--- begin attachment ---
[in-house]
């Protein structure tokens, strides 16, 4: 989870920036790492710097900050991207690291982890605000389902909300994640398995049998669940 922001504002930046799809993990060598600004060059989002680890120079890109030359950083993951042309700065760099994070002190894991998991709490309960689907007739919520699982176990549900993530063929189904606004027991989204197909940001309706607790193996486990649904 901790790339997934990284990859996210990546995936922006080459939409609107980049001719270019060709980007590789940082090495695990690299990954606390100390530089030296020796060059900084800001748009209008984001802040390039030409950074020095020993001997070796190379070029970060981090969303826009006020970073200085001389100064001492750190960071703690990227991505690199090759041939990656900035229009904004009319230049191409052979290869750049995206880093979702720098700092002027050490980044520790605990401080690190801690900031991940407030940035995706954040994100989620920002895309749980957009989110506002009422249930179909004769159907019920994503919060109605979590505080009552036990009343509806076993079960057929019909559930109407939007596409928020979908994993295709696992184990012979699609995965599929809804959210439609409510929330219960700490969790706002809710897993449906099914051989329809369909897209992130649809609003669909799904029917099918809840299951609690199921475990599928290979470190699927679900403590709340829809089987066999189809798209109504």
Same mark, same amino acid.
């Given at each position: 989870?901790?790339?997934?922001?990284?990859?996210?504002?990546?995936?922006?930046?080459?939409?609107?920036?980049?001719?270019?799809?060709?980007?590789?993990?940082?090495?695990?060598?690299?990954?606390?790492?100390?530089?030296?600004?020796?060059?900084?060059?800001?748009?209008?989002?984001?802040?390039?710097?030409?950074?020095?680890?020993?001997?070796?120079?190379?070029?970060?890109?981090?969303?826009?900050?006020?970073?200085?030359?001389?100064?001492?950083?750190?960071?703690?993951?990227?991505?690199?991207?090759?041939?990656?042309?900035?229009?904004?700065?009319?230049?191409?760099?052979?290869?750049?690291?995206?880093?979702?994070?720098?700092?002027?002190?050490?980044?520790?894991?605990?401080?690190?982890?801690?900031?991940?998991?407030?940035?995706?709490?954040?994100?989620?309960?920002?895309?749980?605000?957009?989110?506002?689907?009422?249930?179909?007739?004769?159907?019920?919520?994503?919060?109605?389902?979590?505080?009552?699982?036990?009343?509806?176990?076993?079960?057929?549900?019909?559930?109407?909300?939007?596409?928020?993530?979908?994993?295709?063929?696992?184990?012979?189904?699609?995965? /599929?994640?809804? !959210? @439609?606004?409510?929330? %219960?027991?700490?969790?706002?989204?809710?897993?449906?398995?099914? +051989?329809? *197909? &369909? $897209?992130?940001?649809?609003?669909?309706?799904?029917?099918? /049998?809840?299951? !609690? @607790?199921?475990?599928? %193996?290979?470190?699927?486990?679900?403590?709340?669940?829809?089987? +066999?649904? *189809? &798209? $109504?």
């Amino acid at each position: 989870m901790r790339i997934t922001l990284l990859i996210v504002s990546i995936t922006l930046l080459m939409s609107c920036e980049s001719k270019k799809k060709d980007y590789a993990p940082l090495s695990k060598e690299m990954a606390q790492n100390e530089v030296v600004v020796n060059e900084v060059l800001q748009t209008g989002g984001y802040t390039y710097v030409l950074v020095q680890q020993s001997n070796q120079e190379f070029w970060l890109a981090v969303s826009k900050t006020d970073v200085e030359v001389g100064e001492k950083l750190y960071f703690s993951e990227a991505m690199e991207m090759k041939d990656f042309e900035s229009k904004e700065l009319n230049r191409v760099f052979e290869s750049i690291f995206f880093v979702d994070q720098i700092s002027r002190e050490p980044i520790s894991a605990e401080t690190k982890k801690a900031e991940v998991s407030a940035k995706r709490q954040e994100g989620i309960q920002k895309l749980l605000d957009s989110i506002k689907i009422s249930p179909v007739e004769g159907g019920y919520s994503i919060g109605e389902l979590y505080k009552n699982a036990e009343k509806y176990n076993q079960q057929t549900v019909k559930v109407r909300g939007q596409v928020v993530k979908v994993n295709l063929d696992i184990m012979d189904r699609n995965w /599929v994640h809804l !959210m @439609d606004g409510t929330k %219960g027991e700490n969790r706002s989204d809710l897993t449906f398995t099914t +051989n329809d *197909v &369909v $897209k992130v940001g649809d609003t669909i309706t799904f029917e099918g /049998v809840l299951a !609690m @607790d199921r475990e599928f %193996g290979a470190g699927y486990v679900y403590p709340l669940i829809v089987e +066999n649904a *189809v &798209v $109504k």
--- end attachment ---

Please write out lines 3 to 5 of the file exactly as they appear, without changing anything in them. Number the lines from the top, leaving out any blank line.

Same mark, same amino acid.
């Given at each position: 989870?901790?790339?997934?922001?990284?990859?996210?504002?990546?995936?922006?930046?080459?939409?609107?920036?980049?001719?270019?799809?060709?980007?590789?993990?940082?090495?695990?060598?690299?990954?606390?790492?100390?530089?030296?600004?020796?060059?900084?060059?800001?748009?209008?989002?984001?802040?390039?710097?030409?950074?020095?680890?020993?001997?070796?120079?190379?070029?970060?890109?981090?969303?826009?900050?006020?970073?200085?030359?001389?100064?001492?950083?750190?960071?703690?993951?990227?991505?690199?991207?090759?041939?990656?042309?900035?229009?904004?700065?009319?230049?191409?760099?052979?290869?750049?690291?995206?880093?979702?994070?720098?700092?002027?002190?050490?980044?520790?894991?605990?401080?690190?982890?801690?900031?991940?998991?407030?940035?995706?709490?954040?994100?989620?309960?920002?895309?749980?605000?957009?989110?506002?689907?009422?249930?179909?007739?004769?159907?019920?919520?994503?919060?109605?389902?979590?505080?009552?699982?036990?009343?509806?176990?076993?079960?057929?549900?019909?559930?109407?909300?939007?596409?928020?993530?979908?994993?295709?063929?696992?184990?012979?189904?699609?995965? /599929?994640?809804? !959210? @439609?606004?409510?929330? %219960?027991?700490?969790?706002?989204?809710?897993?449906?398995?099914? +051989?329809? *197909? &369909? $897209?992130?940001?649809?609003?669909?309706?799904?029917?099918? /049998?809840?299951? !609690? @607790?199921?475990?599928? %193996?290979?470190?699927?486990?679900?403590?709340?669940?829809?089987? +066999?649904? *189809? &798209? $109504?």
């Amino acid at each position: 989870m901790r790339i997934t922001l990284l990859i996210v504002s990546i995936t922006l930046l080459m939409s609107c920036e980049s001719k270019k799809k060709d980007y590789a993990p940082l090495s695990k060598e690299m990954a606390q790492n100390e530089v030296v600004v020796n060059e900084v060059l800001q748009t209008g989002g984001y802040t390039y710097v030409l950074v020095q680890q020993s001997n070796q120079e190379f070029w970060l890109a981090v969303s826009k900050t006020d970073v200085e030359v001389g100064e001492k950083l750190y960071f703690s993951e990227a991505m690199e991207m090759k041939d990656f042309e900035s229009k904004e700065l009319n230049r191409v760099f052979e290869s750049i690291f995206f880093v979702d994070q720098i700092s002027r002190e050490p980044i520790s894991a605990e401080t690190k982890k801690a900031e991940v998991s407030a940035k995706r709490q954040e994100g989620i309960q920002k895309l749980l605000d957009s989110i506002k689907i009422s249930p179909v007739e004769g159907g019920y919520s994503i919060g109605e389902l979590y505080k009552n699982a036990e009343k509806y176990n076993q079960q057929t549900v019909k559930v109407r909300g939007q596409v928020v993530k979908v994993n295709l063929d696992i184990m012979d189904r699609n995965w /599929v994640h809804l !959210m @439609d606004g409510t929330k %219960g027991e700490n969790r706002s989204d809710l897993t449906f398995t099914t +051989n329809d *197909v &369909v $897209k992130v940001g649809d609003t669909i309706t799904f029917e099918g /049998v809840l299951a !609690m @607790d199921r475990e599928f %193996g290979a470190g699927y486990v679900y403590p709340l669940i829809v089987e +066999n649904a *189809v &798209v $109504k």